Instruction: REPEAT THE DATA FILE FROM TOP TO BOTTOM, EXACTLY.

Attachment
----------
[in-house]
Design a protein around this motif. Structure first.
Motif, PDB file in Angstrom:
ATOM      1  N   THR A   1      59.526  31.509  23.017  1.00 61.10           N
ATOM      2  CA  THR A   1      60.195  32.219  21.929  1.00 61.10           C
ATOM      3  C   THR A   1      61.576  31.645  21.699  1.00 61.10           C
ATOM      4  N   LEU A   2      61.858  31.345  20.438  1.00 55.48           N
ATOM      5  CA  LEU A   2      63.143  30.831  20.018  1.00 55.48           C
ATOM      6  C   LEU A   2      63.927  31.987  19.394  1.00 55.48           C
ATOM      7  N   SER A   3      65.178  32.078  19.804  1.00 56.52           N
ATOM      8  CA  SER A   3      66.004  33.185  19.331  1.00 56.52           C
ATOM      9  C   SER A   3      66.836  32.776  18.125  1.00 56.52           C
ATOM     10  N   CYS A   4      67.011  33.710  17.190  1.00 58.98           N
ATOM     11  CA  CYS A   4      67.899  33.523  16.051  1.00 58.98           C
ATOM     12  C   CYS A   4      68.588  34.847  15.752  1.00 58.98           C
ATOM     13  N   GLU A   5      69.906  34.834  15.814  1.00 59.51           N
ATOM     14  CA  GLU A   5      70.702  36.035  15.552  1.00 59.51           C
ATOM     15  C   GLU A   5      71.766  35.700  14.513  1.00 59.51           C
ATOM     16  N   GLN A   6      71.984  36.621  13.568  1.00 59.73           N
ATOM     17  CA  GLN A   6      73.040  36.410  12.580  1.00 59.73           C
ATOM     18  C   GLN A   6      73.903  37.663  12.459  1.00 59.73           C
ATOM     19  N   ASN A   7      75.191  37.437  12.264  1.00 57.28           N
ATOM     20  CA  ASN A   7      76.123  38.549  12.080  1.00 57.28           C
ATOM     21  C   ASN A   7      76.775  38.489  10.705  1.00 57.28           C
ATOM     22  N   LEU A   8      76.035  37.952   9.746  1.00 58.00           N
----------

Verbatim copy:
[in-house]
Design a protein around this motif. Structure first.
Motif, PDB file in Angstrom:
ATOM      1  N   THR A   1      59.526  31.509  23.017  1.00 61.10           N
ATOM      2  CA  THR A   1      60.195  32.219  21.929  1.00 61.10           C
ATOM      3  C   THR A   1      61.576  31.645  21.699  1.00 61.10           C
ATOM      4  N   LEU A   2      61.858  31.345  20.438  1.00 55.48           N
ATOM      5  CA  LEU A   2      63.143  30.831  20.018  1.00 55.48           C
ATOM      6  C   LEU A   2      63.927  31.987  19.394  1.00 55.48           C
ATOM      7  N   SER A   3      65.178  32.078  19.804  1.00 56.52           N
ATOM      8  CA  SER A   3      66.004  33.185  19.331  1.00 56.52           C
ATOM      9  C   SER A   3      66.836  32.776  18.125  1.00 56.52           C
ATOM     10  N   CYS A   4      67.011  33.710  17.190  1.00 58.98           N
ATOM     11  CA  CYS A   4      67.899  33.523  16.051  1.00 58.98           C
ATOM     12  C   CYS A   4      68.588  34.847  15.752  1.00 58.98           C
ATOM     13  N   GLU A   5      69.906  34.834  15.814  1.00 59.51           N
ATOM     14  CA  GLU A   5      70.702  36.035  15.552  1.00 59.51           C
ATOM     15  C   GLU A   5      71.766  35.700  14.513  1.00 59.51           C
ATOM     16  N   GLN A   6      71.984  36.621  13.568  1.00 59.73           N
ATOM     17  CA  GLN A   6      73.040  36.410  12.580  1.00 59.73           C
ATOM     18  C   GLN A   6      73.903  37.663  12.459  1.00 59.73           C
ATOM     19  N   ASN A   7      75.191  37.437  12.264  1.00 57.28           N
ATOM     20  CA  ASN A   7      76.123  38.549  12.080  1.00 57.28           C
ATOM     21  C   ASN A   7      76.775  38.489  10.705  1.00 57.28           C
ATOM     22  N   LEU A   8      76.035  37.952   9.746  1.00 58.00           N